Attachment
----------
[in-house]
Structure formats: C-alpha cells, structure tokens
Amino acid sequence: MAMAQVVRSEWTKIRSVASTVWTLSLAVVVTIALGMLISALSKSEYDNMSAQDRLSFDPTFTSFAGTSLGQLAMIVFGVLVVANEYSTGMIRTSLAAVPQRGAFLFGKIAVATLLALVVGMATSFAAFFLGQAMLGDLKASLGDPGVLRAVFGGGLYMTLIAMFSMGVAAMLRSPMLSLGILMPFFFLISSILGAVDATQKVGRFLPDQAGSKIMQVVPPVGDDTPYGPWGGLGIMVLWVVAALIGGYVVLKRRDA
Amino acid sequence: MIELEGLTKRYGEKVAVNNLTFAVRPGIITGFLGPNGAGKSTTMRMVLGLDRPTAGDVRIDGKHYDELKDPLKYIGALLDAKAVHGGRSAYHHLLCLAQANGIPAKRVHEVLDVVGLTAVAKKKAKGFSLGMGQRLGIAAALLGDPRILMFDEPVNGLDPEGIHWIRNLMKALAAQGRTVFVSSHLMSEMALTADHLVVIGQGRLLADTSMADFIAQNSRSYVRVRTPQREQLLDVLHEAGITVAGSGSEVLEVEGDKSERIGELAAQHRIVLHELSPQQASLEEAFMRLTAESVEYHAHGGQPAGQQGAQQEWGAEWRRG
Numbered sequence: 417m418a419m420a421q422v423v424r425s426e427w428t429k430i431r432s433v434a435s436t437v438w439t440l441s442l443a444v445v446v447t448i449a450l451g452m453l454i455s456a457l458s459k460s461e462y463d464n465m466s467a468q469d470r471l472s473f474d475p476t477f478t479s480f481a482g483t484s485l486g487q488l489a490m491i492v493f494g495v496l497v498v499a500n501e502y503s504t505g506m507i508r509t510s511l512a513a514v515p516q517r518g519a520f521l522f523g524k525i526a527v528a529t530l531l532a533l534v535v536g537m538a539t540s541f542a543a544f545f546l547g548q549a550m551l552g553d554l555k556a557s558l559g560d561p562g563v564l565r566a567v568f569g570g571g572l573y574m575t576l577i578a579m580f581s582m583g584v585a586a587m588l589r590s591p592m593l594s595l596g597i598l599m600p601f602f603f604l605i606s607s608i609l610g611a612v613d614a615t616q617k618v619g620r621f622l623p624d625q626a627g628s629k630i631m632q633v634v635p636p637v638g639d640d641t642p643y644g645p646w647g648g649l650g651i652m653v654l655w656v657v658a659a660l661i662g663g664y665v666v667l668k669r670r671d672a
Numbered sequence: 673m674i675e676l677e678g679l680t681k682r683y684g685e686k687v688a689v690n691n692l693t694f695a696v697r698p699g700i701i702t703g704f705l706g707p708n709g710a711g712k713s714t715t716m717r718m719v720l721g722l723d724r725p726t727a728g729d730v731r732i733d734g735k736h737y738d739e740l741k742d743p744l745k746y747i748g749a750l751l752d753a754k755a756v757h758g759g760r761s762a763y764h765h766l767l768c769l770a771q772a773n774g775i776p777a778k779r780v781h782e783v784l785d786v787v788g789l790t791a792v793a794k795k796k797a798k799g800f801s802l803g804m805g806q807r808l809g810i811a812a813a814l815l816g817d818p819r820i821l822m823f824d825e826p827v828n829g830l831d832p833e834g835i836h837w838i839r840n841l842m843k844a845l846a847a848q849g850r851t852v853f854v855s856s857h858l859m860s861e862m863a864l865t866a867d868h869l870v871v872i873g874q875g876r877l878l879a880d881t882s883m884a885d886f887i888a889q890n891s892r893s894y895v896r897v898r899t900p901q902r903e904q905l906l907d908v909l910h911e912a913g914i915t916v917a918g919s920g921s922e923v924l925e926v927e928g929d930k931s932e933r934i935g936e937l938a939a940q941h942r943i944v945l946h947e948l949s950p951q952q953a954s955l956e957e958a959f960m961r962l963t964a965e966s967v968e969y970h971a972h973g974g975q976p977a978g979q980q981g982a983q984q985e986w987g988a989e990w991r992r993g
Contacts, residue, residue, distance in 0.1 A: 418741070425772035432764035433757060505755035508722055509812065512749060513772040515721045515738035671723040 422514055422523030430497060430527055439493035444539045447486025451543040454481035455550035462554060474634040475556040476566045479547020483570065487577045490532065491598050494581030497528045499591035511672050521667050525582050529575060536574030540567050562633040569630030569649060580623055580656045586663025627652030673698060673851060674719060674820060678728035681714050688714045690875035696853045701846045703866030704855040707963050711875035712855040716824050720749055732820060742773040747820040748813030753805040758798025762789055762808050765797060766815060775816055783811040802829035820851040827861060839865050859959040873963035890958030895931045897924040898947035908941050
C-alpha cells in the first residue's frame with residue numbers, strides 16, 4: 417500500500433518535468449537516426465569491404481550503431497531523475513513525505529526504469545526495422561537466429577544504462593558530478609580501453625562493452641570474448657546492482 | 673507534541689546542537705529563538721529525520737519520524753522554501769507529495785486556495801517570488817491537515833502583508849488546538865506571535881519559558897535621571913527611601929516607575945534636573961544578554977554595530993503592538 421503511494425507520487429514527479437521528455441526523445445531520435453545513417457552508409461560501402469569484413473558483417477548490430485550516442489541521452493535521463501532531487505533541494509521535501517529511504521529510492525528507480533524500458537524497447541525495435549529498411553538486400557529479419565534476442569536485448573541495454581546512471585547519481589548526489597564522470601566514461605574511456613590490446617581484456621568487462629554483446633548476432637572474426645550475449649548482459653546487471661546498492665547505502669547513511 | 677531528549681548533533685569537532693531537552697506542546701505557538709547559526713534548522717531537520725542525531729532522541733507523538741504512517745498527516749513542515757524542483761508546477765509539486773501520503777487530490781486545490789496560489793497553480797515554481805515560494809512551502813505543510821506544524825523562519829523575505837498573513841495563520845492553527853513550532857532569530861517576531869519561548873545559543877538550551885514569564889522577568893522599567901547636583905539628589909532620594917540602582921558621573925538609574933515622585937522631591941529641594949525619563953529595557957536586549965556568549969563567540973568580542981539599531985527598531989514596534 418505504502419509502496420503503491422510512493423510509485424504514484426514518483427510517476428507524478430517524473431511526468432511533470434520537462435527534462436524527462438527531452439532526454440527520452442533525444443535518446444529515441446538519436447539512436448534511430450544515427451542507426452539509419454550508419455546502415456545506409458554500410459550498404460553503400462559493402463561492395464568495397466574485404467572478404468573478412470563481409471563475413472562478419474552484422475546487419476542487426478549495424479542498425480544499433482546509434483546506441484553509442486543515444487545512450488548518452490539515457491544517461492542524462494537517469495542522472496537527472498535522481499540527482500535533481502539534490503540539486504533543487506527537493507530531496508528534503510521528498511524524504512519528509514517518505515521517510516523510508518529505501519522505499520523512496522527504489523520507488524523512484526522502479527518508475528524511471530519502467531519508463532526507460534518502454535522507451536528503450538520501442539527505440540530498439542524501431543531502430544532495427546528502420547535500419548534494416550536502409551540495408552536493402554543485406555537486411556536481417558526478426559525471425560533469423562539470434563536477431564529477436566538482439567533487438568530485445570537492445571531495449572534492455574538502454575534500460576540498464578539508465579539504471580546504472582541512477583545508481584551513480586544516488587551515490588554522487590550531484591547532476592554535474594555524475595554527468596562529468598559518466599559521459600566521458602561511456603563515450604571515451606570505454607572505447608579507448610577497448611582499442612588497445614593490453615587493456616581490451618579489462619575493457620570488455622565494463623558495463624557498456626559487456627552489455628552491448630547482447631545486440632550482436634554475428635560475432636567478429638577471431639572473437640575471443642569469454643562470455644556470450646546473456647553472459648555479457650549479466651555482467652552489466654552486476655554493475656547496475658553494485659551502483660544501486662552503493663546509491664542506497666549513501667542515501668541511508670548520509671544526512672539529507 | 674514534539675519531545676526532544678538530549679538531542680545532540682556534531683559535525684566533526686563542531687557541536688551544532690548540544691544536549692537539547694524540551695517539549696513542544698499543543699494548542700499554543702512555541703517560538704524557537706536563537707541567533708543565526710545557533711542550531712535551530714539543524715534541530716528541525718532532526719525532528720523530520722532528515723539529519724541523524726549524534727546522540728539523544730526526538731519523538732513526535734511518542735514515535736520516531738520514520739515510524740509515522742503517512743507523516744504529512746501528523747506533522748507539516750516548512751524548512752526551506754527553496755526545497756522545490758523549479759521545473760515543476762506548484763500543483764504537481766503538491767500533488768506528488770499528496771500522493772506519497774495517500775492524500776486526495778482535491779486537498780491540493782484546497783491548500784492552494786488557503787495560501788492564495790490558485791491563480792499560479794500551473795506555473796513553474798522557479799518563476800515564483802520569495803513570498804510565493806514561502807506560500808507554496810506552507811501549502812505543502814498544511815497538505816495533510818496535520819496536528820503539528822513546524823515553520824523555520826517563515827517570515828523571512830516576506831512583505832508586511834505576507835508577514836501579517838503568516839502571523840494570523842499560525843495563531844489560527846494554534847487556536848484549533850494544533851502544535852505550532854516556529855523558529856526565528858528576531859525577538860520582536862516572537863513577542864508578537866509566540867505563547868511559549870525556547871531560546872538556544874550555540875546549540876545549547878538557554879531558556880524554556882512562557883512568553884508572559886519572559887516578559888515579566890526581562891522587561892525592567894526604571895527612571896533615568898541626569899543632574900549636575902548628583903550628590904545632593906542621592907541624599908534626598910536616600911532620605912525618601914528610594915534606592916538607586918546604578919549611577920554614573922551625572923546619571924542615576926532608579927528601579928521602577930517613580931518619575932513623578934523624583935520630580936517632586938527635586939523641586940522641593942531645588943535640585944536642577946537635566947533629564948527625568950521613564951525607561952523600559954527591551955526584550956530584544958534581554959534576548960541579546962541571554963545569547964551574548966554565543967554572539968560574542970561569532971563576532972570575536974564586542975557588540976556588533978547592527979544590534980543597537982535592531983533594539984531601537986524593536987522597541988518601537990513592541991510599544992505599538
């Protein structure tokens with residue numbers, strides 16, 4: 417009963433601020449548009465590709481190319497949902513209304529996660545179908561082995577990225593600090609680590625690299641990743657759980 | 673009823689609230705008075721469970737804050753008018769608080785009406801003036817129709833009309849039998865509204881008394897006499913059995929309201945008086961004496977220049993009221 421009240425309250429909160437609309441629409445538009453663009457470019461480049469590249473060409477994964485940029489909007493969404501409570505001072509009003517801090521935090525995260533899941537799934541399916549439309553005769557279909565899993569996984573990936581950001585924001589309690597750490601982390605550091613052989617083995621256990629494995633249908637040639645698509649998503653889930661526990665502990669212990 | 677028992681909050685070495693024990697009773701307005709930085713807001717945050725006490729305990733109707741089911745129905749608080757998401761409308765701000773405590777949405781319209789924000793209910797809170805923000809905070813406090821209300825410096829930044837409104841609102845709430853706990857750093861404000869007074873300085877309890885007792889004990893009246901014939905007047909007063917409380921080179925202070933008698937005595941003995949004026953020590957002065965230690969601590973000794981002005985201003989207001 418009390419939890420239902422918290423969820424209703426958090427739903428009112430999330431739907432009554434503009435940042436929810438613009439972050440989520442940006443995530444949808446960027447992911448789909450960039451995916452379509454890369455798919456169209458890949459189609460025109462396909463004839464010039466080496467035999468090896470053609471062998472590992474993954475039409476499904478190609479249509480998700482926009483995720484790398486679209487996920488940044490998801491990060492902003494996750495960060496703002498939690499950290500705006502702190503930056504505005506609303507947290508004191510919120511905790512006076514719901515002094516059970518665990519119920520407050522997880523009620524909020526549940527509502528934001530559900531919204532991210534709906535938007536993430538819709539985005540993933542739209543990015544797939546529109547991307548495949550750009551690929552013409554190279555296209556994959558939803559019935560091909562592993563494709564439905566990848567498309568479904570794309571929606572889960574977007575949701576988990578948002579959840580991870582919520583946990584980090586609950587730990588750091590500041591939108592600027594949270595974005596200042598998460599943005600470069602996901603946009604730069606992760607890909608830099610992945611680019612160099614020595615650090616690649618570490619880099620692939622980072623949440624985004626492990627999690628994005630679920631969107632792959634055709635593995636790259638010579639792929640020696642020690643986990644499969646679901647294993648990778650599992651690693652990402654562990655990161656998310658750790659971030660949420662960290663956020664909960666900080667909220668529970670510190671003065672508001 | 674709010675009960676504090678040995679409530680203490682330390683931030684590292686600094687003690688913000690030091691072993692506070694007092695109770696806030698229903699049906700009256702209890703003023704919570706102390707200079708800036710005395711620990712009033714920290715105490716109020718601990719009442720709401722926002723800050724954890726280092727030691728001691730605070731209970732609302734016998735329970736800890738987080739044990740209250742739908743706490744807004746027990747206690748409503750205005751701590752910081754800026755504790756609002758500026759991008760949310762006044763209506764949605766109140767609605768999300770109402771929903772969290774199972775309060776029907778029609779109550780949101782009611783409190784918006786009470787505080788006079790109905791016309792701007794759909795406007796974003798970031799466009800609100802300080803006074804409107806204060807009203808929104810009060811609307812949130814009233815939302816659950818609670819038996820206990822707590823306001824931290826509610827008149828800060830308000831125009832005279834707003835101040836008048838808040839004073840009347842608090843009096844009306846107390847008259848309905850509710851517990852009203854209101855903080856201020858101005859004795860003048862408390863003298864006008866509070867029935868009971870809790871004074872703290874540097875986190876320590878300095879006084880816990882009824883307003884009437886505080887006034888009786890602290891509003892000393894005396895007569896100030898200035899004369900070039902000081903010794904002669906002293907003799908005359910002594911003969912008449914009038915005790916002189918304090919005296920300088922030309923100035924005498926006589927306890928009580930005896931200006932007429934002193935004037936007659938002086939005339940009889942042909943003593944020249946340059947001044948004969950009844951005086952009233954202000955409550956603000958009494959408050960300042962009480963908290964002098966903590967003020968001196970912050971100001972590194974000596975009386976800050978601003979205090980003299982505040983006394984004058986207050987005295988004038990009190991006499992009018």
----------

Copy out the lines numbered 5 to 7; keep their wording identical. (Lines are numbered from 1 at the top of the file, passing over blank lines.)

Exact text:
Numbered sequence: 417m418a419m420a421q422v423v424r425s426e427w428t429k430i431r432s433v434a435s436t437v438w439t440l441s442l443a444v445v446v447t448i449a450l451g452m453l454i455s456a457l458s459k460s461e462y463d464n465m466s467a468q469d470r471l472s473f474d475p476t477f478t479s480f481a482g483t484s485l486g487q488l489a490m491i492v493f494g495v496l497v498v499a500n501e502y503s504t505g506m507i508r509t510s511l512a513a514v515p516q517r518g519a520f521l522f523g524k525i526a527v528a529t530l531l532a533l534v535v536g537m538a539t540s541f542a543a544f545f546l547g548q549a550m551l552g553d554l555k556a557s558l559g560d561p562g563v564l565r566a567v568f569g570g571g572l573y574m575t576l577i578a579m580f581s582m583g584v585a586a587m588l589r590s591p592m593l594s595l596g597i598l599m600p601f602f603f604l605i606s607s608i609l610g611a612v613d614a615t616q617k618v619g620r621f622l623p624d625q626a627g628s629k630i631m632q633v634v635p636p637v638g639d640d641t642p643y644g645p646w647g648g649l650g651i652m653v654l655w656v657v658a659a660l661i662g663g664y665v666v667l668k669r670r671d672a
Numbered sequence: 673m674i675e676l677e678g679l680t681k682r683y684g685e686k687v688a689v690n691n692l693t694f695a696v697r698p699g700i701i702t703g704f705l706g707p708n709g710a711g712k713s714t715t716m717r718m719v720l721g722l723d724r725p726t727a728g729d730v731r732i733d734g735k736h737y738d739e740l741k742d743p744l745k746y747i748g749a750l751l752d753a754k755a756v757h758g759g760r761s762a763y764h765h766l767l768c769l770a771q772a773n774g775i776p777a778k779r780v781h782e783v784l785d786v787v788g789l790t791a792v793a794k795k796k797a798k799g800f801s802l803g804m805g806q807r808l809g810i811a812a813a814l815l816g817d818p819r820i821l822m823f824d825e826p827v828n829g830l831d832p833e834g835i836h837w838i839r840n841l842m843k844a845l846a847a848q849g850r851t852v853f854v855s856s857h858l859m860s861e862m863a864l865t866a867d868h869l870v871v872i873g874q875g876r877l878l879a880d881t882s883m884a885d886f887i888a889q890n891s892r893s894y895v896r897v898r899t900p901q902r903e904q905l906l907d908v909l910h911e912a913g914i915t916v917a918g919s920g921s922e923v924l925e926v927e928g929d930k931s932e933r934i935g936e937l938a939a940q941h942r943i944v945l946h947e948l949s950p951q952q953a954s955l956e957e958a959f960m961r962l963t964a965e966s967v968e969y970h971a972h973g974g975q976p977a978g979q980q981g982a983q984q985e986w987g988a989e990w991r992r993g
Contacts, residue, residue, distance in 0.1 A: 418741070425772035432764035433757060505755035508722055509812065512749060513772040515721045515738035671723040 422514055422523030430497060430527055439493035444539045447486025451543040454481035455550035462554060474634040475556040476566045479547020483570065487577045490532065491598050494581030497528045499591035511672050521667050525582050529575060536574030540567050562633040569630030569649060580623055580656045586663025627652030673698060673851060674719060674820060678728035681714050688714045690875035696853045701846045703866030704855040707963050711875035712855040716824050720749055732820060742773040747820040748813030753805040758798025762789055762808050765797060766815060775816055783811040802829035820851040827861060839865050859959040873963035890958030895931045897924040898947035908941050